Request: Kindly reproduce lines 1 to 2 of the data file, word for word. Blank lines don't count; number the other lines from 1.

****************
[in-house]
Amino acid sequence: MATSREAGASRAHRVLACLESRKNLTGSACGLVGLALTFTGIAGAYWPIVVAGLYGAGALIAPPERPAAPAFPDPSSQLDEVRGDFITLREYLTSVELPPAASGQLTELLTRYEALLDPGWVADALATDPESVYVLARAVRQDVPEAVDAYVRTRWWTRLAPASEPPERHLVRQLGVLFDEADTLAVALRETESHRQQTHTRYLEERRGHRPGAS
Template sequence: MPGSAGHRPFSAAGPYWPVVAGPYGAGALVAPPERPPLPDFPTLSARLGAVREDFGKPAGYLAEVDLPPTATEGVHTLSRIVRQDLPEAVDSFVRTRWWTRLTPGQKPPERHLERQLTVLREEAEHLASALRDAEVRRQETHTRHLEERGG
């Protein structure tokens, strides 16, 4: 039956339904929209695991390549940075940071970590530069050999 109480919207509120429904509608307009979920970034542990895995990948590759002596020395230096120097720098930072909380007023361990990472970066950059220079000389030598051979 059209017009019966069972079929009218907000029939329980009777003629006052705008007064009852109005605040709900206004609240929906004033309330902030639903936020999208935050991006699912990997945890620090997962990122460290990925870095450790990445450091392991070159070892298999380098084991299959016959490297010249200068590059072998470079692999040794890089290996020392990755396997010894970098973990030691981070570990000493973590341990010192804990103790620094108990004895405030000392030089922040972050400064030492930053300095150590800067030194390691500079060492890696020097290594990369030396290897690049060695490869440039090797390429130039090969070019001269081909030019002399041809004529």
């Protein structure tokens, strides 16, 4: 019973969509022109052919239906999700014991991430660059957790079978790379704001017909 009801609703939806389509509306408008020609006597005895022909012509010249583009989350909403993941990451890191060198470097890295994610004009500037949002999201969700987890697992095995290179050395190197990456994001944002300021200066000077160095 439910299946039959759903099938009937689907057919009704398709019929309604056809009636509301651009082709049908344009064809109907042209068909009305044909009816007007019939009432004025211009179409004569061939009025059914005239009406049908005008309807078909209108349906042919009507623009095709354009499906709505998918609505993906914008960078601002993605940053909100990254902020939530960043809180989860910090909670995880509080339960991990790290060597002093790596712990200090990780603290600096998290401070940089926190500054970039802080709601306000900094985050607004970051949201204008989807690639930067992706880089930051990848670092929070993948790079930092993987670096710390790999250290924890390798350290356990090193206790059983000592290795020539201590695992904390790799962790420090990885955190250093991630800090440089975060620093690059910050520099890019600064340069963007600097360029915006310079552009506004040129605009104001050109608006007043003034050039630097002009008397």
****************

[in-house]
Amino acid sequence: MATSREAGASRAHRVLACLESRKNLTGSACGLVGLALTFTGIAGAYWPIVVAGLYGAGALIAPPERPAAPAFPDPSSQLDEVRGDFITLREYLTSVELPPAASGQLTELLTRYEALLDPGWVADALATDPESVYVLARAVRQDVPEAVDAYVRTRWWTRLAPASEPPERHLVRQLGVLFDEADTLAVALRETESHRQQTHTRYLEERRGHRPGAS